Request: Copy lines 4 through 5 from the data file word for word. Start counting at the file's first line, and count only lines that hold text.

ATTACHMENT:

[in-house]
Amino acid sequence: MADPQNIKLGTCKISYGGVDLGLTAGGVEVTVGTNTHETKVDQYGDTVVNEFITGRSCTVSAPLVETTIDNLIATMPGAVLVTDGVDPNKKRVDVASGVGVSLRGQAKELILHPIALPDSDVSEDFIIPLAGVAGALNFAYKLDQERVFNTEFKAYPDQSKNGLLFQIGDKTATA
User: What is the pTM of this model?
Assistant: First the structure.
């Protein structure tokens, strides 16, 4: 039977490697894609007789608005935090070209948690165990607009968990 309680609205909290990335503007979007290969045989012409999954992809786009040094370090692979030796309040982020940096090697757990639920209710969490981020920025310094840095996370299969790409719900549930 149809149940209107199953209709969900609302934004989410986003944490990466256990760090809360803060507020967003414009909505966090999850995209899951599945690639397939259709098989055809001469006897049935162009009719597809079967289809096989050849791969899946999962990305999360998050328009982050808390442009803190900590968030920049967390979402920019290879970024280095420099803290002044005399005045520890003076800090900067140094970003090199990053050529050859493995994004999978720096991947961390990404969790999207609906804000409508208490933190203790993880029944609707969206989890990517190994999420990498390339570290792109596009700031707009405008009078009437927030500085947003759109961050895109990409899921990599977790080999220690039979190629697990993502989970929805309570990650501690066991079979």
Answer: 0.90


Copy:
Assistant: First the structure.
């Protein structure tokens, strides 16, 4: 039977490697894609007789608005935090070209948690165990607009968990 309680609205909290990335503007979007290969045989012409999954992809786009040094370090692979030796309040982020940096090697757990639920209710969490981020920025310094840095996370299969790409719900549930 149809149940209107199953209709969900609302934004989410986003944490990466256990760090809360803060507020967003414009909505966090999850995209899951599945690639397939259709098989055809001469006897049935162009009719597809079967289809096989050849791969899946999962990305999360998050328009982050808390442009803190900590968030920049967390979402920019290879970024280095420099803290002044005399005045520890003076800090900067140094970003090199990053050529050859493995994004999978720096991947961390990404969790999207609906804000409508208490933190203790993880029944609707969206989890990517190994999420990498390339570290792109596009700031707009405008009078009437927030500085947003759109961050895109990409899921990599977790080999220690039979190629697990993502989970929805309570990650501690066991079979």